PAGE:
Trespassing is the act of going inside a property without the knowledge of the owner. It is the act of surreptitiously gaining entry into a property or any structure, commercial or other facilities, such as a research center, a school, or a power plant, without permission or authorization.
Those who trespass can be prosecuted in a civil or criminal court, depending on the characteristics of the trespassing incident.
Criminal trespassing occurs when a person knowingly goes in or remains on a property that is not his, and this can be classified as a misdemeanor. However, other factors can elevate a misdemeanor trespassing charge into a criminal trespassing case.
If, for instance, the trespasser causes damage to property or he hurts the residents, occupants or tenants of the property where he trespassed, like in cases involving burglaries or home invasions, then a trespasser can be charged for criminal trespassing.
Other factors that can enhance a trespassing charge to criminal trespassing include:
- The person trespasses even though there are visible signs or boundaries that prohibit entry to property.
- The person trespasses even though he is given a verbal warning that trespassing is not allowed.
- The person who trespasses refuses to leave although he has been informed or notified.
There are certain arguments that offenders can use to defend themselves in court. One is to prove that they did not see warning signs. Another defense will be that the offenders’ presence did not impede the day to day activities of the property owner or that the offenders immediately left the premises after being informed.
However, there are also reasons or defenses that are not accepted in court. For one, the offender cannot reason that it was alright to trespass an area known to be owned or managed by a government or public agency. Those who trespass in properties wherein their authorization was obtained using illegal or deceptive means cannot claim that they are authorized and they can be sued for criminal trespassing.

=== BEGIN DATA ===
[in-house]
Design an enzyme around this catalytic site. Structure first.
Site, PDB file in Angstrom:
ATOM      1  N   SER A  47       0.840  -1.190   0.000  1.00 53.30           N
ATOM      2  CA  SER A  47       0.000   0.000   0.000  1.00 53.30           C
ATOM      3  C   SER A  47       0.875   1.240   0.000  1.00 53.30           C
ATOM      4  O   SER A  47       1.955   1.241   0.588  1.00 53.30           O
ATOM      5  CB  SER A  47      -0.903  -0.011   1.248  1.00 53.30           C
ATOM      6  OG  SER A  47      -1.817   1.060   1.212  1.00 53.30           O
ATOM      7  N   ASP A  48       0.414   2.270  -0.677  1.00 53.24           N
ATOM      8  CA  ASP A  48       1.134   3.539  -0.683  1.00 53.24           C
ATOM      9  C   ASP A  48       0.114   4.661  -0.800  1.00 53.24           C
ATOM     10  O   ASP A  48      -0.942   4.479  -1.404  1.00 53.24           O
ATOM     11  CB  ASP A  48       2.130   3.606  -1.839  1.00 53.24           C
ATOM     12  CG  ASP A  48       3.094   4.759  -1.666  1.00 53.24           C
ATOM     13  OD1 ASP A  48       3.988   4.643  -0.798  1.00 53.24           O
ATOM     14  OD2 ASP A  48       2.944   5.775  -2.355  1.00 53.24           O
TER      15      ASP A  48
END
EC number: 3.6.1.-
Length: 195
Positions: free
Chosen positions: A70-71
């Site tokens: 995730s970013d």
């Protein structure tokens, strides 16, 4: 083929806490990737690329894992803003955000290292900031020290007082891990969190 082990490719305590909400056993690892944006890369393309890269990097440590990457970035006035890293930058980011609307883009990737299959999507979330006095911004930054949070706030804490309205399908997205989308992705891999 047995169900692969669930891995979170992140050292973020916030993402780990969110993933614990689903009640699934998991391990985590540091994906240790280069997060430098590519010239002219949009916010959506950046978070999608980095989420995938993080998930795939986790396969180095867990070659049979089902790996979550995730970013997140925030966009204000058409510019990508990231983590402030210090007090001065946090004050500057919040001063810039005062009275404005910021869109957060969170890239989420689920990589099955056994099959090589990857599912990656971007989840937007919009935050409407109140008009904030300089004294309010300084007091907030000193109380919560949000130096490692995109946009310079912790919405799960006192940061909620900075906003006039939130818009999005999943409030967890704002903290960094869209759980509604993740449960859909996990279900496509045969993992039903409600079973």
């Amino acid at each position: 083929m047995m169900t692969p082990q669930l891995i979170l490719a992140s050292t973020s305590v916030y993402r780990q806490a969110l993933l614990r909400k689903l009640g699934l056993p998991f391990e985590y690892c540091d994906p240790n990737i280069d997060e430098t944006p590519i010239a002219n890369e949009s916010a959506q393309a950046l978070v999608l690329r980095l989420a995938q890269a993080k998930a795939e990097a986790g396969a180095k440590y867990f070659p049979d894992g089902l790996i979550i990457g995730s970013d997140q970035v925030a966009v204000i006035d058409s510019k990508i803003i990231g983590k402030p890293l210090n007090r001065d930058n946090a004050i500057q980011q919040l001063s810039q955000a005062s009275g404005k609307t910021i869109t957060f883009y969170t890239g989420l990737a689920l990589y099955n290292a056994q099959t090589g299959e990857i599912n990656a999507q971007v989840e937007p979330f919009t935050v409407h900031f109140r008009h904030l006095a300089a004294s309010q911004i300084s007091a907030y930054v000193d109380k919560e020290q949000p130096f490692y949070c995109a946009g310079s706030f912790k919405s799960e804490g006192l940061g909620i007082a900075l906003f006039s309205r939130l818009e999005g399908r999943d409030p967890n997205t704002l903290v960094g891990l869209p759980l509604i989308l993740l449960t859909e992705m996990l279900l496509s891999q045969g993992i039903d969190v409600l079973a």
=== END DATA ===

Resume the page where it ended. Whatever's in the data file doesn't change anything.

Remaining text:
In civil cases, a property owner must take legal action or sue a trespasser. He can do so if a trespasser encroaches in his property, stays in a private property without consent or even after consent or authorization has expired. A trespasser can also be taken to court if he moves, takes, places or uses items inside the property wherein the property owner was not aware or did not give authorization.
Penalties for civil trespass will depend on the result of court proceedings. Once a person is sued and is found guilty of civil trespass, he will be required to pay fines. Furthermore, he could also be prohibited from getting near or entering the property concerned.
The penalties and punishments for trespassing can vary from state to state. A misdemeanor case could be a felony in another state, and penalties also differ. To avoid accidentally trespassing on a property, it is best to:
- Always pay attention to warning signs or posters.
- Do not cross or go into properties that are obviously barricaded or fenced.
- Have identification cards or authentic authorization forms or letters from the owners or managers of a private property.
About the author: Claire Duvall is a freelance writer who often blogs about criminal and personal injury cases. She writes for many reputable online law websites, including ElliotSavitzLaw.com, which provides legal help and assistance to those involved in criminal offenses.
Photo credit: Marius Muresan